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Original article
Anti-TNF therapy in IBD exerts its therapeutic effect through macrophage IL-10 signalling
  1. Pim J Koelink1,
  2. Felicia M Bloemendaal1,2,
  3. Bofeng Li3,
  4. Liset Westera1,
  5. Esther W M Vogels1,
  6. Manon van Roest1,
  7. Anouk K Gloudemans4,
  8. Angelique B van 't Wout4,
  9. Hannelie Korf5,
  10. Séverine Vermeire5,
  11. Anje A te Velde1,
  12. Cyriel Y Ponsioen6,
  13. Geert RAM D'Haens6,
  14. J Sjef Verbeek7,
  15. Terrence L Geiger3,
  16. Manon E Wildenberg1,6,
  17. Gijs R van den Brink1,6,8
  1. 1Tytgat Insitute for Liver & Intestinal Research, Amsterdam UMC, Amsterdam, The Netherlands
  2. 2Department of Gastroenterology and hepatology, Amsterdam UMC, Amsterdam, The Netherlands
  3. 3Department of Pathology, St. Jude Children's Research Hospital, Memphis, Tennessee, USA
  4. 4Janssen Prevention Center of Janssen Vaccines & Prevention BV, Janssen Pharmaceutical Companies of Johnson & Johnson, Leiden, The Netherlands
  5. 5Translational Research Center for Gastrointestinal Disorders (TARGID), Department of Clinical and Experimental Medicine, KU Leuven, Leuven, Belgium
  6. 6Gastroenterology & Hepatology, Amsterdam UMC, Amsterdam, The Netherlands
  7. 7Human Genetics, Leids Universitair Medisch Centrum, Leiden, The Netherlands
  8. 8Roche Innovation Center Basel, F Hoffmann-La Roche AG, Basel, Switzerland
  1. Correspondence to Dr Pim J Koelink, Tytgat Insitute for Liver & Intestinal Research, Amsterdam UMC, Amsterdam 1105 BK, The Netherlands; p.j.koelink{at}amc.nl

Abstract

Objective Macrophage interleukin (IL)-10 signalling plays a critical role in the maintenance of a regulatory phenotype that prevents the development of IBD. We have previously found that anti-tumour necrosis factor (TNF) monoclonal antibodies act through Fcγ-receptor (FcγR) signalling to promote repolarisation of proinflammatory intestinal macrophages to a CD206+ regulatory phenotype. The role of IL-10 in anti-TNF-induced macrophage repolarisation has not been examined.

Design We used human peripheral blood monocytes and mouse bone marrow-derived macrophages to study IL-10 production and CD206+ regulatory macrophage differentiation. To determine whether the efficacy of anti-TNF was dependent on IL-10 signalling in vivo and in which cell type, we used the CD4+CD45Rbhigh T-cell transfer model in combination with several genetic mouse models.

Results Anti-TNF therapy increased macrophage IL-10 production in an FcγR-dependent manner, which caused differentiation of macrophages to a more regulatory CD206+ phenotype in vitro. Pharmacological blockade of IL-10 signalling prevented the induction of these CD206+ regulatory macrophages and diminished the therapeutic efficacy of anti-TNF therapy in the CD4+CD45Rbhigh T-cell transfer model of IBD. Using cell type-specific IL-10 receptor mutant mice, we found that IL-10 signalling in macrophages but not T cells was critical for the induction of CD206+ regulatory macrophages and therapeutic response to anti-TNF.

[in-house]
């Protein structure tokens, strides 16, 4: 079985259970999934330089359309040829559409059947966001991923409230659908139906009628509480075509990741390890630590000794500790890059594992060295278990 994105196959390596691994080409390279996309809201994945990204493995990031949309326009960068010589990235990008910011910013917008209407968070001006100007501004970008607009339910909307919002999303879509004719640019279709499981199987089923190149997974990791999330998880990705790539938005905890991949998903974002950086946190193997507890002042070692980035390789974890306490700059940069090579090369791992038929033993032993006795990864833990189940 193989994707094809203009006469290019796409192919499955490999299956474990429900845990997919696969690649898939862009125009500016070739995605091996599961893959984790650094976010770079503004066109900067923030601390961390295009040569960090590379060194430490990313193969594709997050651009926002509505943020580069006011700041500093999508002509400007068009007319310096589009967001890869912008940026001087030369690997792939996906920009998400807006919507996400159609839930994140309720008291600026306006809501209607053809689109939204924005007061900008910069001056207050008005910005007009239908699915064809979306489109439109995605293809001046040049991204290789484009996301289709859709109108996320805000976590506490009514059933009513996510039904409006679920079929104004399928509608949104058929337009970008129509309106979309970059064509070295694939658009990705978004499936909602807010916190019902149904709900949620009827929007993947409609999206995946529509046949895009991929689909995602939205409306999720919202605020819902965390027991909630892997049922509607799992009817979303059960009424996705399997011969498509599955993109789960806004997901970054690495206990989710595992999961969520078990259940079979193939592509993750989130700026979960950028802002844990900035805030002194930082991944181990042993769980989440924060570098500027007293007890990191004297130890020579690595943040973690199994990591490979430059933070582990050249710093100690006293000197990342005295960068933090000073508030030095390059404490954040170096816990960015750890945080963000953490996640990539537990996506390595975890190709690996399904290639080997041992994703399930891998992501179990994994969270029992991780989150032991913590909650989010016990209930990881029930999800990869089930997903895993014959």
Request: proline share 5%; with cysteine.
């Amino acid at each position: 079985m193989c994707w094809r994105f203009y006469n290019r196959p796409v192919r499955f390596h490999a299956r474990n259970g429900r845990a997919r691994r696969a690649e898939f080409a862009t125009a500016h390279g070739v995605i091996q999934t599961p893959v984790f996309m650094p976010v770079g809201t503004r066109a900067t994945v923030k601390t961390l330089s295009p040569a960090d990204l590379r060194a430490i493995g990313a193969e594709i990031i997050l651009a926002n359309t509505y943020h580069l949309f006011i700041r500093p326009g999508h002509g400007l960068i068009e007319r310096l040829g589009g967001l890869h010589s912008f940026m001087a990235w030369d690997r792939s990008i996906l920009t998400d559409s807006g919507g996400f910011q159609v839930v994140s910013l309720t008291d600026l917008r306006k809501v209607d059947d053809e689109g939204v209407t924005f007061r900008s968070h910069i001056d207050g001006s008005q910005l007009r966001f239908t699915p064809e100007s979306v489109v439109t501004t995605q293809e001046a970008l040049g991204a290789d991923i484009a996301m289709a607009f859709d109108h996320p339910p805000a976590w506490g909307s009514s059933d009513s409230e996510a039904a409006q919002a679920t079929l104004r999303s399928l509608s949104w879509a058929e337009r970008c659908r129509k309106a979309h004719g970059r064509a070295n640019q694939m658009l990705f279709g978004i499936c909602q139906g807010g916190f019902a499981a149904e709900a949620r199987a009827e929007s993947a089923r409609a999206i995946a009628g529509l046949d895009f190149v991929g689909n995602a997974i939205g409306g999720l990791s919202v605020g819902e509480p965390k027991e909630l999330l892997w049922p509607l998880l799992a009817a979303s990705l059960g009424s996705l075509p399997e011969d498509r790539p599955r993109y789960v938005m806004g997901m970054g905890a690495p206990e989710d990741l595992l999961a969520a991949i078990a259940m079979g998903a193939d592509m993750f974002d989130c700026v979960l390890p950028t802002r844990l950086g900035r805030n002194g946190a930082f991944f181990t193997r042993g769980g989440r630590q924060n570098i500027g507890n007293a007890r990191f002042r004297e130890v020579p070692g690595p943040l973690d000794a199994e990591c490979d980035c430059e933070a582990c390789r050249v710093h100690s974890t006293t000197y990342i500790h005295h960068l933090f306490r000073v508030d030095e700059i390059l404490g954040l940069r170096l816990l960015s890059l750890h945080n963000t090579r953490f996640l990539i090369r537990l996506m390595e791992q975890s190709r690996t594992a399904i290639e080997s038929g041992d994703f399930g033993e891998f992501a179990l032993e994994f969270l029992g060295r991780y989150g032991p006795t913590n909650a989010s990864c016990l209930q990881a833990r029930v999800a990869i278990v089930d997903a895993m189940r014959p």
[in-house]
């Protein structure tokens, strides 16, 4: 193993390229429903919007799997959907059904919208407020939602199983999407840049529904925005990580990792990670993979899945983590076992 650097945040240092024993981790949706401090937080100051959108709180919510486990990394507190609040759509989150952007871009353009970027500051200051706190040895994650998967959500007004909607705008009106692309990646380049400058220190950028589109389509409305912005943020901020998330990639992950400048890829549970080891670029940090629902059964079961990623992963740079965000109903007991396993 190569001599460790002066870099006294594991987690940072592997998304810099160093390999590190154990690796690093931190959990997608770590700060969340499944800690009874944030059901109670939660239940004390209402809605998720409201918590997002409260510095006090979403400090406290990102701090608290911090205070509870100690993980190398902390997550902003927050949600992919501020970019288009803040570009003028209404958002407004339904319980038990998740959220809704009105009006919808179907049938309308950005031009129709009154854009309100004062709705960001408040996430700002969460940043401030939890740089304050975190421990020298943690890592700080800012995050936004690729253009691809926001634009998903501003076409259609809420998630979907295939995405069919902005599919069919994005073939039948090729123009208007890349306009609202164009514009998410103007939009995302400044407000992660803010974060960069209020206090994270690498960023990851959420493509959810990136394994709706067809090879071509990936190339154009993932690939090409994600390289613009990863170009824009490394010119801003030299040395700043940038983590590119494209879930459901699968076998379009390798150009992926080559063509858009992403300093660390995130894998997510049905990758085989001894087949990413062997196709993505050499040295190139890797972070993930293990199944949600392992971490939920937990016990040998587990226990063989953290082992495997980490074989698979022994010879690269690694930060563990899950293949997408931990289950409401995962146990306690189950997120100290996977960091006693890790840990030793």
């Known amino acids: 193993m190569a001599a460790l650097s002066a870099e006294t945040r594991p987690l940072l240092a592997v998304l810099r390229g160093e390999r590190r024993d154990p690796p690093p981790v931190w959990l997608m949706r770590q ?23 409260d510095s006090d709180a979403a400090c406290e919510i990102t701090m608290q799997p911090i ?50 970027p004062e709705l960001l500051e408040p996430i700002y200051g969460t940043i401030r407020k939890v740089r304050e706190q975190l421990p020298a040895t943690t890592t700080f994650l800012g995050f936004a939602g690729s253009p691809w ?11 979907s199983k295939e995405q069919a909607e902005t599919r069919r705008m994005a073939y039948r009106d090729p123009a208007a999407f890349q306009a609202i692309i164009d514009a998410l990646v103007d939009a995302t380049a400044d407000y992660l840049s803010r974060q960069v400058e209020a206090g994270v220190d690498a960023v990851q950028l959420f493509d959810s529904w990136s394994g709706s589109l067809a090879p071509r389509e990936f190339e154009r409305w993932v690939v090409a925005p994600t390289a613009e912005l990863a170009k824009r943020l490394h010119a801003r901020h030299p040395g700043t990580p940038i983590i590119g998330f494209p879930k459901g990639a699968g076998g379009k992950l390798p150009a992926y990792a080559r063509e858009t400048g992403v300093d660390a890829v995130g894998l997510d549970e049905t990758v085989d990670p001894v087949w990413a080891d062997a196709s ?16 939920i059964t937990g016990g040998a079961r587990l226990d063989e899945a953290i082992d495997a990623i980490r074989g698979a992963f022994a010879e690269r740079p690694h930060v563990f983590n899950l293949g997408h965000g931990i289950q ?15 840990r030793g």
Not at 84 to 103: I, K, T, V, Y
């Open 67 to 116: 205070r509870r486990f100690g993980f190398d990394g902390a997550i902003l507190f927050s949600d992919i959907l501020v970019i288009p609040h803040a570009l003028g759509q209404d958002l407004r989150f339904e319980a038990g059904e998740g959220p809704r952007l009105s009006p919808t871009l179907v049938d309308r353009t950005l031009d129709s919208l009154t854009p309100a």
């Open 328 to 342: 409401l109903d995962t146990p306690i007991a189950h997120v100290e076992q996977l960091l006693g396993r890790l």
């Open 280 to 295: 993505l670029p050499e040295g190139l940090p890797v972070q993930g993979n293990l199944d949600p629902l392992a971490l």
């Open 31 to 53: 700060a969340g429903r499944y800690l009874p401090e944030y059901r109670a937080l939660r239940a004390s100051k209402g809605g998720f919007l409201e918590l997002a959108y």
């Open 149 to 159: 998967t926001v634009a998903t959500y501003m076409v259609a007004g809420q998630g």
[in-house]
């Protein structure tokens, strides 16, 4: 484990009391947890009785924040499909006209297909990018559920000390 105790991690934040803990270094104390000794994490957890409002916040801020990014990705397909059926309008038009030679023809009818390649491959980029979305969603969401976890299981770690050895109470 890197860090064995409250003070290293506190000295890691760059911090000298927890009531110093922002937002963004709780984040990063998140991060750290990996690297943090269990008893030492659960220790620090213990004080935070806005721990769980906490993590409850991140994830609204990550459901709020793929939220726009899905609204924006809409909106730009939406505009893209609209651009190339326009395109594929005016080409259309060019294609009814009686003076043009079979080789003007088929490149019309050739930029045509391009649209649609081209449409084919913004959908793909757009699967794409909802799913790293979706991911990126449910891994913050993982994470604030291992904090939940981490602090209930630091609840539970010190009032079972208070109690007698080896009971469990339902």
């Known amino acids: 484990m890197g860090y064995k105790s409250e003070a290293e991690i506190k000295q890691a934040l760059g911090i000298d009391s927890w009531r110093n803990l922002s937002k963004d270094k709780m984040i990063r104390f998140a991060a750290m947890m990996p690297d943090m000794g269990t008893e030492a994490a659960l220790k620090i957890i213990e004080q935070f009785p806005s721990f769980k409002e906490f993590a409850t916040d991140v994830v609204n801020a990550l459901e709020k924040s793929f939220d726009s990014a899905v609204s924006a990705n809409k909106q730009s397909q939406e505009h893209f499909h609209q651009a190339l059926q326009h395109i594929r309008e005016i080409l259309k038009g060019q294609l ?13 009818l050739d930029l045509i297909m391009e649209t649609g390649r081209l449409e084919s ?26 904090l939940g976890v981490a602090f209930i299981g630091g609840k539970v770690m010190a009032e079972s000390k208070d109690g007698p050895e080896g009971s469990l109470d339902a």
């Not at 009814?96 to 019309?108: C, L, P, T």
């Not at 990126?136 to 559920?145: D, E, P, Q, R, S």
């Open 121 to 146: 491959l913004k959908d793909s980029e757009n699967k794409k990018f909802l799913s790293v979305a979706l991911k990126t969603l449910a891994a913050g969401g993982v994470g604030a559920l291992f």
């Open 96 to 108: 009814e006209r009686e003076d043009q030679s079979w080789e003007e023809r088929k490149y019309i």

Conclusion The therapeutic efficacy of anti-TNF in resolving intestinal inflammation is critically dependent on IL-10 signalling in macrophages.

  • IBD basic research
  • TNF
  • antibody targeted therapy
  • infliximab
  • interleukins

This is an open access article distributed in accordance with the Creative Commons Attribution Non Commercial (CC BY-NC 4.0) license, which permits others to distribute, remix, adapt, build upon this work non-commercially, and license their derivative works on different terms, provided the original work is properly cited, appropriate credit is given, any changes made indicated, and the use is non-commercial. See: http://creativecommons.org/licenses/by-nc/4.0/.

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Footnotes

  • PJK and FMB contributed equally.

  • Correction notice This article has been corrected since it published Online First. Affiliation 8 has been added.

  • Contributors PJK, FMB, LW, MEW, EWMV and MvR performed experiments and analysed and discussed the data. AKG, ABvtW, GRAMD’H and GRvdB discussed the data. TLG and BL provided the LysMcreIl10rafl/flRag1KO mice and discussed the data. JSV provided FcgRKO/Rag1KO mice and discussed the data. HK, SV, AAtV and CYP provided patient samples and discussed the data. GRvdB and PJK supervised the study. PJK, FMB and GRvdB wrote the manuscript with input of all the authors.

  • Funding This work was supported by a unrestricted research grant from the Janssen Prevention Center of Janssen Vaccines & Prevention BV, Leiden, the Netherlands, part of the Janssen Pharmaceutical Companies of Johnson & Johnson, and by Health Holland, Top Sector Life Sciences and Health.

  • Competing interests AKG and ABvtW are employees of Janssen Vaccines and Prevention B.V. GRvdB is currently an employee of Roche. CYP received research support from Takeda, speaker’s fees from Takeda, Abbvie and Dr. Falk Pharma, and consultancy fee from Takeda outside this work. Other authors declare no conflict of interest related to this work.

  • Patient consent for publication Not required.

  • Ethics approval The Medical Ethical Committee of the Amsterdam UMC(METC 2009_113) and the Institutional Review Board of the Hospital in Leuven (B322201213950/S53684) approved this study.

  • Provenance and peer review Not commissioned; externally peer reviewed.

  • Data availability statement All data relevant to the study are included in the article or uploaded as supplementary information.

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